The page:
Washington, May 7 : Geologists have come up with a new theory, which suggests that the dino-killing Chicxulub meteor might have ignited an oil field rather than forests when it slammed into the Gulf of Mexico 65 million years ago.
According to a report in Discovery News, smoke-related particles found in sediments formed at the time of the impact are strikingly similar to those created by modern high-temperature coal and oil burning, as opposed to forest fires.
Evidence of some sort of large burn that perhaps created a global climate change at the end of the Cretaceous has been around since the 1980s. But, it has not been settled just what sort of fire it was.
"It seemed like (vegetation) wildfires were the easiest solution," said geochemist Wendy Wolbach of DePaul University, who worked on evidence of the fires at the time.
There was even the discovery of a chemical called retene, which is released by cone-bearing trees when they burn in forest fires today.
However, that was before the Chicxulub crater had been identified.
"What's more, it has never been certain that the fires were global, as some have suggested. For one thing, there has never been a lot of fossil charcoal found from that time, which would be expected if there had been so much vegetation burning," said Wolbach.
"There isn't enough charcoal to account for that," said Simon Brassell of Indiana University.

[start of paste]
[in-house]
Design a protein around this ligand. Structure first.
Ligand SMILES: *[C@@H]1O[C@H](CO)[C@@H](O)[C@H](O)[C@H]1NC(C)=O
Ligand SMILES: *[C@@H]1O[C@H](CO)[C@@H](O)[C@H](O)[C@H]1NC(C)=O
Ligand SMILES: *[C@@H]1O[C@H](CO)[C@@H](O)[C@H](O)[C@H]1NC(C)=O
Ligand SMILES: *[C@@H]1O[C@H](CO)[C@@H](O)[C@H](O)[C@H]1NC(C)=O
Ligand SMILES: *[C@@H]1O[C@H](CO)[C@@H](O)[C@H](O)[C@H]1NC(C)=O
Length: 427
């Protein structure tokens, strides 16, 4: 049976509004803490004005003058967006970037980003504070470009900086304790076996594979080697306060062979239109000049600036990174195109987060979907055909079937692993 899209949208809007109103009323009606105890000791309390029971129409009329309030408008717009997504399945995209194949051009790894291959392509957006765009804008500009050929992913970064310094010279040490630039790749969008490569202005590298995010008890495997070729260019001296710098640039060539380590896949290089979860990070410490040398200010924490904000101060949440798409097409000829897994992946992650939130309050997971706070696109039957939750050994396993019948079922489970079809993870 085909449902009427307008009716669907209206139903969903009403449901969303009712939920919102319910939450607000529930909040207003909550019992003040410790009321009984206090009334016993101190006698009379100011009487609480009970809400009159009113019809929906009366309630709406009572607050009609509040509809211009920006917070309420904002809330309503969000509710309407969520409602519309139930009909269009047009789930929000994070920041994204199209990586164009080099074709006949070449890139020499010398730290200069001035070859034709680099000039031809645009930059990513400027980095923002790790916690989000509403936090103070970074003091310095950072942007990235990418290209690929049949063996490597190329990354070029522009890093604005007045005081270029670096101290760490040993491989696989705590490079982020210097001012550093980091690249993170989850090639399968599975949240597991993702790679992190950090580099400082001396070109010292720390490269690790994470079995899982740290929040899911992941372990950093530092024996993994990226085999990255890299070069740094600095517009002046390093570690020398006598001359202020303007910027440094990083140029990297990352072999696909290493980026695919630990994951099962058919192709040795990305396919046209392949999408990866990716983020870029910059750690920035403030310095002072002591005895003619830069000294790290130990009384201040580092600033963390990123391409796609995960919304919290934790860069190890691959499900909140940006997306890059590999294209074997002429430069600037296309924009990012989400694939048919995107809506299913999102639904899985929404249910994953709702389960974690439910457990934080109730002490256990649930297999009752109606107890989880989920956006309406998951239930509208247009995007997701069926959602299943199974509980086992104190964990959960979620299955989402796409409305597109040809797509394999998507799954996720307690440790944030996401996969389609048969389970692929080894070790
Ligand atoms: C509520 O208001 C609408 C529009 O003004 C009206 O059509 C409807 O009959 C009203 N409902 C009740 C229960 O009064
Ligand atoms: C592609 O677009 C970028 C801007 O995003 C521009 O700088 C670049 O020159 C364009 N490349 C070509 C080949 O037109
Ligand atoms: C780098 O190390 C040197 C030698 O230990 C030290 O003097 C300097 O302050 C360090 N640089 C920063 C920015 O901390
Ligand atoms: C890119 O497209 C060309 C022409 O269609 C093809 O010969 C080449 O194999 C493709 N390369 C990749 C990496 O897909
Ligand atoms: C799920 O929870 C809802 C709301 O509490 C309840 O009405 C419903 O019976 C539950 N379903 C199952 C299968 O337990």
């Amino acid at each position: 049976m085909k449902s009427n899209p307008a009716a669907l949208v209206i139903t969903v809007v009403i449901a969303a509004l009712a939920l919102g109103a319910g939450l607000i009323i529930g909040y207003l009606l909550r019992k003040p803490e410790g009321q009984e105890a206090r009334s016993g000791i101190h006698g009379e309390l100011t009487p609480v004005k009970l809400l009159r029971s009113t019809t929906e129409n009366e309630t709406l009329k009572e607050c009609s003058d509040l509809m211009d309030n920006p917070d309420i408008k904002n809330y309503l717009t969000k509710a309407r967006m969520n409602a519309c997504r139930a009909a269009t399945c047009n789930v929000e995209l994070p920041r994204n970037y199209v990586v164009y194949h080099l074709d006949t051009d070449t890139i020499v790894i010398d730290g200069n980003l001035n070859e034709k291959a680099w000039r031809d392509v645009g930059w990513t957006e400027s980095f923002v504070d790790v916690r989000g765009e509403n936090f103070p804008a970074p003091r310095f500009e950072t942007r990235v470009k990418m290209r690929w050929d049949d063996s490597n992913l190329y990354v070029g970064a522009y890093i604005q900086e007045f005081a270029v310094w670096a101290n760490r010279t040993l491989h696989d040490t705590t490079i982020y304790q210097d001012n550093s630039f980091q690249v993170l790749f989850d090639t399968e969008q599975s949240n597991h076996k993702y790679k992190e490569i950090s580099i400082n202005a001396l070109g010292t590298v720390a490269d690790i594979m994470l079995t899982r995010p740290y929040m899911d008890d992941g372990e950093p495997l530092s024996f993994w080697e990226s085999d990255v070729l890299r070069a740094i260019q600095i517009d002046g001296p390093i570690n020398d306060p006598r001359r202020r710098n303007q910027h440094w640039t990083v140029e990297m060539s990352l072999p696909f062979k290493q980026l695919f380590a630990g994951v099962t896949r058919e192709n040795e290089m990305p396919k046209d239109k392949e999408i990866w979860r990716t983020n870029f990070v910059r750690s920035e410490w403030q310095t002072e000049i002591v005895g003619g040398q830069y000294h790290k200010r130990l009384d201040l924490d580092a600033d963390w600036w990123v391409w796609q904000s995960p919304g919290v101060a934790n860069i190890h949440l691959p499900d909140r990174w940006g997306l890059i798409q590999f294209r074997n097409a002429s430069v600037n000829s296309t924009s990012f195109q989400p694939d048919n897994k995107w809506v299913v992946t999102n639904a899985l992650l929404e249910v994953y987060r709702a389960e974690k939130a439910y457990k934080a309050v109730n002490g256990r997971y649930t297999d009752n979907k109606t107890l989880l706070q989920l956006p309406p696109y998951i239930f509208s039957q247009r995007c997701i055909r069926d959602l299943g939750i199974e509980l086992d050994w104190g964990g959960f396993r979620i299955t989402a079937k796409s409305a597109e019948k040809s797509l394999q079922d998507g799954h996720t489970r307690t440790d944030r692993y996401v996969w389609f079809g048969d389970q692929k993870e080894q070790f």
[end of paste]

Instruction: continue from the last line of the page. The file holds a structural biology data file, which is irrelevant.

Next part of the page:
What Brassell and his colleagues found instead were particles called cenospheres, which resemble the sooty output of industrial coal and oil burning. When cenospheres are found, they are usually associated with what's known as fly ash, which is manmade.
"In many places, the presence of such material is taken as evidence as the presence of human activities," said Brassell.
Since the Cretaceous-Tertiary boundary is about 65 million years too early for humans and their coal-fired Industrial Revolution, something else had to be burning fossil fuels.
Thus, Brassell and his team have suggested that the Chicxulub meteor crashed into oily shales of the Gulf of Mexico, which caused the oil in the rocks to vaporize and ignite in the air, making cenospheres in the process.
Today, the large oil fields that edge right up to the Chicxulub structure testify to the ample supply of oil available to burn 65 million years ago.
According to Brassell, it's even likely the impact itself was responsible for the fracturing and heating of the rocks in that region and allowing the oil to collect into the large pools, which are found there today.